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Sunday, December 27, 1998

Solano County’s community news from 1870s

Kristin Delaplane

One Vacan claimed he could make diamonds from charcoal

In 1873, Dr. G.H. Evans was located in Dixon on the east side of Main Street.
An Odd Fellows association was being formed at Vaca Station (Elmira).
The Rio Vista Fire Department purchased a bell from one of the Sacramento engine companies.

D.E. Hough, who had a nursery three miles west of Vacaville on the Suisun road, was selling trees and shrubs. He carried almonds, cherry, prune, lemon and orange trees.

Henry Eversole was the undertaker in Vacaville. He was apparently a worthy entrepreneur and had formed a chain business.

He advertised his services could be made of M. Carpenter in Silveyville, J. Smith in Dixon, and J.A. Collier of Vaca Station (Elmira).

The following story appeared in the Yolo Mail. “Mr. A. P. Bernard, a well-known and wealthy citizen of Vacaville claims to have discovered the art of making diamonds of charcoal.

“He went further, claiming to have made a diamond, which successfully stood the severest tests that could be applied. Mr. Bernard was asking $1 million for the secret, which it was concluded diamond dealers and owners of such companies could well afford to pay.”

A consignment of oranges from an orchard on Putah Creek was received in San Francisco and were selling for $5 a hundred.

Mr. Charles A. Kidder of Vallejo, a former county clerk, disappeared mysteriously in April of 1872. In early 1873, he returned to Vallejo. It was reported that he was very gray in appearance and was not talking about where he had been.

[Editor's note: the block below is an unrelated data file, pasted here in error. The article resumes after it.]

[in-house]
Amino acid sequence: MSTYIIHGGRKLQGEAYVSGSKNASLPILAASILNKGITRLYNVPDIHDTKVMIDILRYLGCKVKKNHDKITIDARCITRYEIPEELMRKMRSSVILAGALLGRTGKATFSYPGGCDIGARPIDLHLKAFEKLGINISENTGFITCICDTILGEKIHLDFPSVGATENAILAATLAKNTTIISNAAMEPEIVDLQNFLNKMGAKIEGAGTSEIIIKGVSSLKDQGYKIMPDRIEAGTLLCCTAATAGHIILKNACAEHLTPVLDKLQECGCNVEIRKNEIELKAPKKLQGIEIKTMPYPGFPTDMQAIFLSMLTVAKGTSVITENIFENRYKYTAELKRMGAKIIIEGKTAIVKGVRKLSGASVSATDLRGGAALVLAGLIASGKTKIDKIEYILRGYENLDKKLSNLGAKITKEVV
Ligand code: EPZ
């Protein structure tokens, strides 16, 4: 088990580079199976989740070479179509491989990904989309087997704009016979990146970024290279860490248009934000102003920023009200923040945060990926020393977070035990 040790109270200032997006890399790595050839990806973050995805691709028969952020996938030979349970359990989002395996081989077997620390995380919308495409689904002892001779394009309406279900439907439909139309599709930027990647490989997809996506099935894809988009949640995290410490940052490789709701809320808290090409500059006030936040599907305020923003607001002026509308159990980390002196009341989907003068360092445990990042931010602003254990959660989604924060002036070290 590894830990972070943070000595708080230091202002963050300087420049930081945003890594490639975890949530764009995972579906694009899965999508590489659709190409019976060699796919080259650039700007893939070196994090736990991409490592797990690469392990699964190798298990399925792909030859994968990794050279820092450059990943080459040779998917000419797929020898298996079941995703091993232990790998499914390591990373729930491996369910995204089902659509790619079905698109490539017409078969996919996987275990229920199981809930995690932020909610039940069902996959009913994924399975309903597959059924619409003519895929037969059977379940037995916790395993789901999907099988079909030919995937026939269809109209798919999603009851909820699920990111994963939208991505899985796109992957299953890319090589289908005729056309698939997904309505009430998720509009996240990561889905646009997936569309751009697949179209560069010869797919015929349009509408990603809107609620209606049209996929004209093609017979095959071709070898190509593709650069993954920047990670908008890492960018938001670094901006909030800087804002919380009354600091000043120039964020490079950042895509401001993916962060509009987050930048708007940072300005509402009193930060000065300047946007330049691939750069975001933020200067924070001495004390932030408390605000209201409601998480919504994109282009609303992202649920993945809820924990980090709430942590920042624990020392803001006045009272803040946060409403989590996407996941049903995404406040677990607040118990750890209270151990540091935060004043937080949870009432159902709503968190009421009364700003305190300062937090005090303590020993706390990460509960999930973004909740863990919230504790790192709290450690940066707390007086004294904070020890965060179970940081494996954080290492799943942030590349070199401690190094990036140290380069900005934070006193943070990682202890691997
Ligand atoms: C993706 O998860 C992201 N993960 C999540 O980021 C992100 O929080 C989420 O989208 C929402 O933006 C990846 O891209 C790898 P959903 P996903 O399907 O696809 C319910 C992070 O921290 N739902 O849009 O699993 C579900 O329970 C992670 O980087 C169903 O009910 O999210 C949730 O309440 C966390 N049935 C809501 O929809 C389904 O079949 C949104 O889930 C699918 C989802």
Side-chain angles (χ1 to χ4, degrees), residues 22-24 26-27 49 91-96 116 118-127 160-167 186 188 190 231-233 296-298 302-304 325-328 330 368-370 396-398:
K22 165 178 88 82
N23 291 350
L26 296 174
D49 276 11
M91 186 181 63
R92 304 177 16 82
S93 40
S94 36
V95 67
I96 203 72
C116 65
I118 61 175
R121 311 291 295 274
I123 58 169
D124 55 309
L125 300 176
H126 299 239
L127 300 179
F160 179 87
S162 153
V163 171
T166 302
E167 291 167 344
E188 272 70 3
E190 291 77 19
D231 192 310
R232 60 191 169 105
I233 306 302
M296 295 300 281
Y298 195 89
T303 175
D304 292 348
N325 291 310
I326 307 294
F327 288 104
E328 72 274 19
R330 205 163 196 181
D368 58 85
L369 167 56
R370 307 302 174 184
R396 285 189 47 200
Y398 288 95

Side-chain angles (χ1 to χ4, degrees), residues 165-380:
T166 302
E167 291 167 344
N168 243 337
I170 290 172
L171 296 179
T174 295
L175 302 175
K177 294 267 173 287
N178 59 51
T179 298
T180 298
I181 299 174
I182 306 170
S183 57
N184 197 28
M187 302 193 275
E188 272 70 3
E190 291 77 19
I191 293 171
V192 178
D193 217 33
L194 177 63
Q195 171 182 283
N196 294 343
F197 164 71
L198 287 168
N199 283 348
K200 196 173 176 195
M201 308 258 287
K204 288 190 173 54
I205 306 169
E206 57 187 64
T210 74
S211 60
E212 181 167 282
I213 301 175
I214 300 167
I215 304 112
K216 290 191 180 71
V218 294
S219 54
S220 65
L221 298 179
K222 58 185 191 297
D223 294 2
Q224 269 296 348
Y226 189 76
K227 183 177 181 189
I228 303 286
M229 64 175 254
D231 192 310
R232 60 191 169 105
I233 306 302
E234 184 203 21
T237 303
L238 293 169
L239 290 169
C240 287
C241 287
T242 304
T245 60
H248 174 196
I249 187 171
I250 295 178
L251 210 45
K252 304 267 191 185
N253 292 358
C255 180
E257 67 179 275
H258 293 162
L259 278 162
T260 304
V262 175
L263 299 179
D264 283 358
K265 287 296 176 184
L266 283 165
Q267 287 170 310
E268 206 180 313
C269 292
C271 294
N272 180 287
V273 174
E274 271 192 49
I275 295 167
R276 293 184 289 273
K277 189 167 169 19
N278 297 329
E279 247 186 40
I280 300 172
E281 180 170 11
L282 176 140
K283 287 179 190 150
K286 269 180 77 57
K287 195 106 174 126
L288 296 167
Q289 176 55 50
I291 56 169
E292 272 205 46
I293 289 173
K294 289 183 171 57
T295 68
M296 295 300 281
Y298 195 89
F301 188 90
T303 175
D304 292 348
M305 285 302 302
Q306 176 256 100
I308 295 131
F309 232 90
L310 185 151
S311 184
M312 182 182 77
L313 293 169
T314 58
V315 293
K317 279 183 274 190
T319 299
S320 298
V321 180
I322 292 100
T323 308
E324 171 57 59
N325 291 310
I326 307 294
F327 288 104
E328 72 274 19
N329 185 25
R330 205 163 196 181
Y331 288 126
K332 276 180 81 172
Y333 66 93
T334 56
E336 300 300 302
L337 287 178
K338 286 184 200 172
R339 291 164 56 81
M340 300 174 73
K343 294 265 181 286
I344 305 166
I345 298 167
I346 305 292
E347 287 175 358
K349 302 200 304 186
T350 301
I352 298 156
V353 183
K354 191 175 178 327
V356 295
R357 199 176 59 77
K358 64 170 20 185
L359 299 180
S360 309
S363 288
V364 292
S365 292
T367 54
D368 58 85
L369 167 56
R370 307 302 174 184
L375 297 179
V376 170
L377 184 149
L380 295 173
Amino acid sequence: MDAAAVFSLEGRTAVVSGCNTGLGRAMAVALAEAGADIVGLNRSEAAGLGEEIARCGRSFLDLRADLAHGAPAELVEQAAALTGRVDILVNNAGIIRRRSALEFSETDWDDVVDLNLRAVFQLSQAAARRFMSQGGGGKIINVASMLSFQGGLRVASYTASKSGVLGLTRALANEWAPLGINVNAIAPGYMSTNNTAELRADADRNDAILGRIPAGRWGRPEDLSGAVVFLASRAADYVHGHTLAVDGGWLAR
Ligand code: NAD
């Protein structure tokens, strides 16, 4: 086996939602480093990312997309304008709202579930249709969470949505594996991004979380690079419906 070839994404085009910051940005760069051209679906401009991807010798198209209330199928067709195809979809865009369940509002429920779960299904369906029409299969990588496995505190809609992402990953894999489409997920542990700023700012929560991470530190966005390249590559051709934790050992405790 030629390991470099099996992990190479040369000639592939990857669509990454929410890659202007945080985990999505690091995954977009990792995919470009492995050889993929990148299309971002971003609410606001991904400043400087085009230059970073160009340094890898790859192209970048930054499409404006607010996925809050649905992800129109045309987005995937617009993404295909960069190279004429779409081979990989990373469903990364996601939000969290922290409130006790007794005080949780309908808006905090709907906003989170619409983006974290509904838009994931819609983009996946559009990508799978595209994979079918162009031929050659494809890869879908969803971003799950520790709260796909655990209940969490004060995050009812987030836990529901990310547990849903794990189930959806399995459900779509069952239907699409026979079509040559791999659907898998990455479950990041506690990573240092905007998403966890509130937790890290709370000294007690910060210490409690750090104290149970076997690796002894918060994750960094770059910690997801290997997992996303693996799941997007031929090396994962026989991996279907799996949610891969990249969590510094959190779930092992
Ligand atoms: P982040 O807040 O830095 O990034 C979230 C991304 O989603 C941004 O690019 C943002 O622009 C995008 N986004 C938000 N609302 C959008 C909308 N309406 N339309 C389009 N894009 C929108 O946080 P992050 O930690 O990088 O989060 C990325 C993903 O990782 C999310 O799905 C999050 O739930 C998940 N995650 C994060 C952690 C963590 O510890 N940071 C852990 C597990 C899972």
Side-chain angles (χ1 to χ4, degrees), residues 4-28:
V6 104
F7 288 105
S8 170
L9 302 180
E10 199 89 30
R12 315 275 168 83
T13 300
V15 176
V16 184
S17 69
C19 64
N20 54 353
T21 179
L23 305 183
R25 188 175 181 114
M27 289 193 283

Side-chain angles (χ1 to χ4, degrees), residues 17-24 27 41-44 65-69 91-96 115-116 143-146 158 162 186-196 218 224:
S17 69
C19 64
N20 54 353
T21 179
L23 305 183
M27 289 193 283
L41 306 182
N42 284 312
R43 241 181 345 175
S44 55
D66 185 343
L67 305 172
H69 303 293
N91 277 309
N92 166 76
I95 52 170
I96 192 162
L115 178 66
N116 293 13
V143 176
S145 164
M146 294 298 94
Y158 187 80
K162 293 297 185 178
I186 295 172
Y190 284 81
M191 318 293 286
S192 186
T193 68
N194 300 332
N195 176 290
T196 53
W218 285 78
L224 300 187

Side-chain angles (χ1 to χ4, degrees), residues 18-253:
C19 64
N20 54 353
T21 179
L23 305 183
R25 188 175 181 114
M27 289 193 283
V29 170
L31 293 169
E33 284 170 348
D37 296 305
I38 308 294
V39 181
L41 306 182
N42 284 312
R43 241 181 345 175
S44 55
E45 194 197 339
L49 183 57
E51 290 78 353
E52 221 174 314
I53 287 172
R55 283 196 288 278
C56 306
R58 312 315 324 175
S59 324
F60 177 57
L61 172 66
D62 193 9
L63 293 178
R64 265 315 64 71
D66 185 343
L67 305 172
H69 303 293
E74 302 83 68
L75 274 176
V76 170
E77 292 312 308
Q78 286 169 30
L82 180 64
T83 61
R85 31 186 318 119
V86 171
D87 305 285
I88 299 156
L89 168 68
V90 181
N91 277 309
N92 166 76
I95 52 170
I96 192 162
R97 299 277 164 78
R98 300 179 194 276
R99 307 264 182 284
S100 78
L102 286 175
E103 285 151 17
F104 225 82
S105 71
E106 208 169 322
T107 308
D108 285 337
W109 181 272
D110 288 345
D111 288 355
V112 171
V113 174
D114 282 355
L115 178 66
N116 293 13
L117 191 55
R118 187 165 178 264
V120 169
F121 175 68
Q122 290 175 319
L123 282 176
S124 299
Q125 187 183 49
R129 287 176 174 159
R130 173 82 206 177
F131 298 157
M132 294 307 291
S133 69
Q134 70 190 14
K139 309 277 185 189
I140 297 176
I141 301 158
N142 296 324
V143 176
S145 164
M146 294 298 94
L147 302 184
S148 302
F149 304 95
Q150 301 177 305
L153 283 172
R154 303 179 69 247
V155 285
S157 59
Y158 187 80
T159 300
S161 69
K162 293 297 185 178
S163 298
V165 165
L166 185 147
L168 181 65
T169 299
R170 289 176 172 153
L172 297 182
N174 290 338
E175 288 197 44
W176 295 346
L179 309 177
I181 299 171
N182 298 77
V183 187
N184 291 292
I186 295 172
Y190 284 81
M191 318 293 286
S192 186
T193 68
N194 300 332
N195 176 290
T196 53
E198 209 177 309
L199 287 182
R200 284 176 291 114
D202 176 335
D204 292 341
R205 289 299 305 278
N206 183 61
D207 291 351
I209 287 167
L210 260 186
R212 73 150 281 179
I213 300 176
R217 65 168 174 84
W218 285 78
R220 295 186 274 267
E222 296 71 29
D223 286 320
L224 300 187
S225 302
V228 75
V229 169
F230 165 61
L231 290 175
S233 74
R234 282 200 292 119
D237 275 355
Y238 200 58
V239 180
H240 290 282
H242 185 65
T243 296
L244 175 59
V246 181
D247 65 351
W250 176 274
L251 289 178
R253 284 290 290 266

A short time later it was reported that he had died in Watsonville at his parents’ residence. His wife was with him. Per the Watsonville paper, Kidder had come to that place, sick with consumption.

Vallejo’s A. Williamson had to give a bond of $1,000 to keep the peace with his wife Catherine. He had threatened to chop her with an ax and to get a shotgun.

The row was over the fact that she had removed his pistol from where he kept it.

R. D. Hobkins, formerly of Vallejo, had type and other materials for a weekly newspaper shipped to Benicia where he intended to publish.

The Vallejo Independence reported that anyone passing the Japanese store in that town, which was owned by E.H. Sawyer, would notice a mummy in a small box in the window. Measuring six inches, it was being touted as the king of China some 3,000 years previous.

One of the “hoodlums” attending school in Vallejo drew a knife on his teacher, Miss Murphy, when she corrected him on some fault.

Another student prevented him from using the knife. The boy with the knife was suspended from school for the rest of the year.

George Edgar, Vallejo’s city marshal and auctioneer, was approached by a stranger to sell a horse. Edgar recognized the animal from a dispatch received from Colusa regarding a stolen horse.